It's been more than a month since an explosion on the Deepwater Horizon oil rig killed 11 people and blew out an undersea well that continues to gush oil into the Gulf of Mexico.
In the following weeks, there have been attempts to contain and control the scope of the environmental damage.
But so far none have been successful.
Over the weekend, Louisiana Gov. Bobby Jindal announced he intended to proceed with plans to construct sand booms to protect his state's shoreline - without waiting for federal approval.
Meanwhile, engineers for BP are working feverishly to prepare for their "top kill" maneuver, hoping an injection of heavy mud will stop the leak.
Dead sharks and dolphins are washing ashore.
Crabs, turtles and birds are being found soaked in oil as the slick sloshes into Louisiana wetlands.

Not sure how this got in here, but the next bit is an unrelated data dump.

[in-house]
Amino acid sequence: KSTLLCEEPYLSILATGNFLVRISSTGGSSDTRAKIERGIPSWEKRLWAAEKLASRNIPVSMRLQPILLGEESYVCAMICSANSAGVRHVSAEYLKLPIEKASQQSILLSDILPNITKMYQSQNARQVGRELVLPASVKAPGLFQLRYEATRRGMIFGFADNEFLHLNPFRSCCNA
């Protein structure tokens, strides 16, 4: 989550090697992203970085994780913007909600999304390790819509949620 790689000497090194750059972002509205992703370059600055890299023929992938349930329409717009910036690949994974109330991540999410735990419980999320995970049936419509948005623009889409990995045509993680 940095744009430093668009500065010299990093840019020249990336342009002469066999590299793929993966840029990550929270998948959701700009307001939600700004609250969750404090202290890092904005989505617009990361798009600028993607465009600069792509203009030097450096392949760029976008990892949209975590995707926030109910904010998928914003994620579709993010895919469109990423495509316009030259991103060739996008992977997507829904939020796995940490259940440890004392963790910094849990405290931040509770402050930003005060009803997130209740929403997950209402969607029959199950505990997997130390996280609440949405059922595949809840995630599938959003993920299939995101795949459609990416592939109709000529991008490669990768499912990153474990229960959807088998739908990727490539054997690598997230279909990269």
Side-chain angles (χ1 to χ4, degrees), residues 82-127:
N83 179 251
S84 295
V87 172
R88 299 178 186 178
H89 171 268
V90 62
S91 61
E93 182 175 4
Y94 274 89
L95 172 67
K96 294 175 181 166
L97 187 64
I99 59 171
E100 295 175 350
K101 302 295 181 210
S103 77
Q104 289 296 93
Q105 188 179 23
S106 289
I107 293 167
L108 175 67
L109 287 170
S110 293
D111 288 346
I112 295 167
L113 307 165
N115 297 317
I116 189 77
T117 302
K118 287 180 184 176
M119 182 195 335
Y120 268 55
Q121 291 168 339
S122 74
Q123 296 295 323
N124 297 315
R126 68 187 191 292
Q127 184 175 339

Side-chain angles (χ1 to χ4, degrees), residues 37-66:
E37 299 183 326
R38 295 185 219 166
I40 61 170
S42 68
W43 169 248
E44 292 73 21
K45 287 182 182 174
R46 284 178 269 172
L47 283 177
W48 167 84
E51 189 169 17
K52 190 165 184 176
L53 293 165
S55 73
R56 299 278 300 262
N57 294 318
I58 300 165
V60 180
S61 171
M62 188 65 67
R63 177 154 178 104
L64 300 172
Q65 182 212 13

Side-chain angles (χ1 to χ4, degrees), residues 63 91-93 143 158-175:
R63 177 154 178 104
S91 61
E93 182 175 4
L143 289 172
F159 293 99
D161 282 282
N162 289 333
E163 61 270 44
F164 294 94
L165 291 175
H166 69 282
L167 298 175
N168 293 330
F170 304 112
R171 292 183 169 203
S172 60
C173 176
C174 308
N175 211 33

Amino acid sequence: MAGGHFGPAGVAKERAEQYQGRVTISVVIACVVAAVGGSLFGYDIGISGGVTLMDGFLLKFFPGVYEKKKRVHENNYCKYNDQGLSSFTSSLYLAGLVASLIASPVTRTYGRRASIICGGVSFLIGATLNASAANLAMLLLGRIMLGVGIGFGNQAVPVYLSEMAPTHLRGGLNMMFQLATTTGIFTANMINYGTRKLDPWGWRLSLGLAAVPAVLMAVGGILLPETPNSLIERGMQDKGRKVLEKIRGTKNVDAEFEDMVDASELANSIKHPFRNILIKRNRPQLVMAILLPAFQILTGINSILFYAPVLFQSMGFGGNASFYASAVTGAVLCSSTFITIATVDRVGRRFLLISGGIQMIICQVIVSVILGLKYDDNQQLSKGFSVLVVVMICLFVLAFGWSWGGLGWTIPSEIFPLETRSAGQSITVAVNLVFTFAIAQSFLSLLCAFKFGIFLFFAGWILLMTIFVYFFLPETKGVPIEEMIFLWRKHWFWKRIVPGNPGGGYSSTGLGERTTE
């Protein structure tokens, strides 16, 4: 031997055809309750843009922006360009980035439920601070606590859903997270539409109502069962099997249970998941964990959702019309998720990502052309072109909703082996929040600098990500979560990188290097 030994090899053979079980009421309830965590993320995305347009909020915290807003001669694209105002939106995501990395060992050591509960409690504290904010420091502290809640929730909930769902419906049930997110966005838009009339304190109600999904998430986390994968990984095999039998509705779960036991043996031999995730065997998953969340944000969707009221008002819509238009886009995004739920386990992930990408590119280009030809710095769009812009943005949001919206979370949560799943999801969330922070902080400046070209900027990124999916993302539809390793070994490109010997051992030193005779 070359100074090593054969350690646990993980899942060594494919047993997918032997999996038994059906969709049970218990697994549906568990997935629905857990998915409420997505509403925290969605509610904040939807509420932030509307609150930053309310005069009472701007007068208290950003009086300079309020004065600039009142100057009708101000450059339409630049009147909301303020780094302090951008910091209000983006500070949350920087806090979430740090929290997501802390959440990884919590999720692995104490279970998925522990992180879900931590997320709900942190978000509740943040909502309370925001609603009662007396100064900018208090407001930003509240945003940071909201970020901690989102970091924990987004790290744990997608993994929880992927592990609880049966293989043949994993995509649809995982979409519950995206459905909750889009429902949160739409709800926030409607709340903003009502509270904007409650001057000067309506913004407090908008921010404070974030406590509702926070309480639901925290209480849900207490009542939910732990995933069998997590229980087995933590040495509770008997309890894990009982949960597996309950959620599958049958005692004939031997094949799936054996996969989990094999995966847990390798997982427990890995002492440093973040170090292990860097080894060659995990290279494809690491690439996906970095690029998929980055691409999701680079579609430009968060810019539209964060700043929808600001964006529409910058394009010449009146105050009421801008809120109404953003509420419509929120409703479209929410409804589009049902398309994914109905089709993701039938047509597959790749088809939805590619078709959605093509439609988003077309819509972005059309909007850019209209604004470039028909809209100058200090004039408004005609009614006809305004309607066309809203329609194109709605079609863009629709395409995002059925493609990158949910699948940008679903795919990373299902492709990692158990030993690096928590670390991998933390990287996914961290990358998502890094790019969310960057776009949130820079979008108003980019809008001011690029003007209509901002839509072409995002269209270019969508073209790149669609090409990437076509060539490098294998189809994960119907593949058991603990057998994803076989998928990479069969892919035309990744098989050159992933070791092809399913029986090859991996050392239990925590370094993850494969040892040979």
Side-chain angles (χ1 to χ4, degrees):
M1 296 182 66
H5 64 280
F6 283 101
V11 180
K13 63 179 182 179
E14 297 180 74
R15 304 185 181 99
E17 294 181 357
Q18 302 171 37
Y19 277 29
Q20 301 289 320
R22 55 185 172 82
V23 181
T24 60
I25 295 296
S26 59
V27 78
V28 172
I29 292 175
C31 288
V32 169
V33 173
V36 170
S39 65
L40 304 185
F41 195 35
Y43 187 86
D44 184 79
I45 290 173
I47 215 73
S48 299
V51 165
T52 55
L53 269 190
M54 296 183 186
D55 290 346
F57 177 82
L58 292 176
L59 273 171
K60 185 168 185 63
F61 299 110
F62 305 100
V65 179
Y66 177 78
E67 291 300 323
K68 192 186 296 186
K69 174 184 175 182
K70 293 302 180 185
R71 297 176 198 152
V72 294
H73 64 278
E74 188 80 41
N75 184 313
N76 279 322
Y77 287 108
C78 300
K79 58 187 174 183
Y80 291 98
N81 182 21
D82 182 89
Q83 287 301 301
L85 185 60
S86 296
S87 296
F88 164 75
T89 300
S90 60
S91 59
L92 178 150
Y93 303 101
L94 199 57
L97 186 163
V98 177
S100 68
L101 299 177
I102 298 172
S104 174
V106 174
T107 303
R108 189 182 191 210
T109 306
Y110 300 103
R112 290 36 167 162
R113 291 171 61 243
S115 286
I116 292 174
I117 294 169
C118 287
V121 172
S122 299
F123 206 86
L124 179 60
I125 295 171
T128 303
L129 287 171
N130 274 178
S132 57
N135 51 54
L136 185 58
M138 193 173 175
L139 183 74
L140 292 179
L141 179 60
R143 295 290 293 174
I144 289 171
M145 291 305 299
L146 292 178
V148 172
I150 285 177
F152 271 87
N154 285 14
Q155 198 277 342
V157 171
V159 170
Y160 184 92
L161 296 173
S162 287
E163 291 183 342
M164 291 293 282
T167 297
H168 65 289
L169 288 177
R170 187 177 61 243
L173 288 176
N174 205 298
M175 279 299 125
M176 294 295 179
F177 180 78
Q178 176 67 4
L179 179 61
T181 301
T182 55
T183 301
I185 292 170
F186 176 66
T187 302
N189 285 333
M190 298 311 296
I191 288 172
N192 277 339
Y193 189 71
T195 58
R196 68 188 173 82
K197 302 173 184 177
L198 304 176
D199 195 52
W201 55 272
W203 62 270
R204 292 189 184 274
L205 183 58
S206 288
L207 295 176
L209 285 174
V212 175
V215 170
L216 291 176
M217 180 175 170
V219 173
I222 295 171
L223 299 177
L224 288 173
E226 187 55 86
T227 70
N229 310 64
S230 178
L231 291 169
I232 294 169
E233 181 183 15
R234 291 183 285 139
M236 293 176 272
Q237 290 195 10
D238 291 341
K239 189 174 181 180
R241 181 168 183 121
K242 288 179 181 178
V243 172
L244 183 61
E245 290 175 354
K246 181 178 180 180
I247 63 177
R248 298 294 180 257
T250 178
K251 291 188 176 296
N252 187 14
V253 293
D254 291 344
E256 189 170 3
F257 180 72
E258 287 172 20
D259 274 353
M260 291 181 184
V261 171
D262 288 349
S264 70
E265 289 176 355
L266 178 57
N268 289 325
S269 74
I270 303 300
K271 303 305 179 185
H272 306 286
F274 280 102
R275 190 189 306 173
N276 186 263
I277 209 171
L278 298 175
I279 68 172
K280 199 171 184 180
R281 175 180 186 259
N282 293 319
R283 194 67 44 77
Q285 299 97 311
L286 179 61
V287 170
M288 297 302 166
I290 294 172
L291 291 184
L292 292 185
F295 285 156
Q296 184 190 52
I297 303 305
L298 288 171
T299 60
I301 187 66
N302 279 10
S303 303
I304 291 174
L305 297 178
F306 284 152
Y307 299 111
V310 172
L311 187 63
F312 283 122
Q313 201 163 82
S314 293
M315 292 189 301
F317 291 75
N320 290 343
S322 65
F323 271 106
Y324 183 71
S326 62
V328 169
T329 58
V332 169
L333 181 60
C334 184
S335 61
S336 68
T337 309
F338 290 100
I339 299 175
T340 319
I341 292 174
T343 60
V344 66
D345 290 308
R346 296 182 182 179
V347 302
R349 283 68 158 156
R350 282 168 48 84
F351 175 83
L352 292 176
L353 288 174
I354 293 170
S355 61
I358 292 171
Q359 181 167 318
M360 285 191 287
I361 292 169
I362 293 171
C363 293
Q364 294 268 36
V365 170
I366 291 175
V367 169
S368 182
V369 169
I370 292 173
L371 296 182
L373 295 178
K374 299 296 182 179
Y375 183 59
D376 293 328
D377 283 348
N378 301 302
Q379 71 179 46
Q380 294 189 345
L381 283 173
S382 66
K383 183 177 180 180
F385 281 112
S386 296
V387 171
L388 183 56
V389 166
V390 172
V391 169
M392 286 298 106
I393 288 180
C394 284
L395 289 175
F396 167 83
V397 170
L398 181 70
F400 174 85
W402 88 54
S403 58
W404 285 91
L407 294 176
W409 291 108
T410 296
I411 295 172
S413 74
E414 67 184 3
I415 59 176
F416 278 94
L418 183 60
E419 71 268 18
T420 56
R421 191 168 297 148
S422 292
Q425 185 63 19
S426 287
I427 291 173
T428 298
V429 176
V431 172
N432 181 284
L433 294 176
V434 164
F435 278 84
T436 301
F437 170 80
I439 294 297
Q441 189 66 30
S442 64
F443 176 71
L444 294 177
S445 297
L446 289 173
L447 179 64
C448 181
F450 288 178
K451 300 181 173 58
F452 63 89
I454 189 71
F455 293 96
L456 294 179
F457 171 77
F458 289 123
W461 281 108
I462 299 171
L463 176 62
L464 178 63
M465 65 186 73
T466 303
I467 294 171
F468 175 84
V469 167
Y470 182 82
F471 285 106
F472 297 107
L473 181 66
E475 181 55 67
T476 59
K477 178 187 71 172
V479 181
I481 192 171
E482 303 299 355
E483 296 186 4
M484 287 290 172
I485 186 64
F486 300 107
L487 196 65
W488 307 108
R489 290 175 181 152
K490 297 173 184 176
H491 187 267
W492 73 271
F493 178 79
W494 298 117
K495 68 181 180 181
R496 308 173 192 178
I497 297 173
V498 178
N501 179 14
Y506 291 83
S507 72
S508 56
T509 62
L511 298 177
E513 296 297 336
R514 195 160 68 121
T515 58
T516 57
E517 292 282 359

South of New Orleans, chocolate-like globs of oil have shut down the public beach.
Coast Guard officials say the spill's impact now stretches 150 miles.
Some scientists fear the spreading plumes will catch the ocean current to the Florida Keys and up to the eastern seaboard.
Photographers' images, some of them chillingly beautiful, can only begin to hint at the enormity of the disaster.
Image: A signboard seen in Grand Isle, Louisiana on Thursday, May 27.
Text and images: AP (Any unauthorised reproduction is strictly prohibited)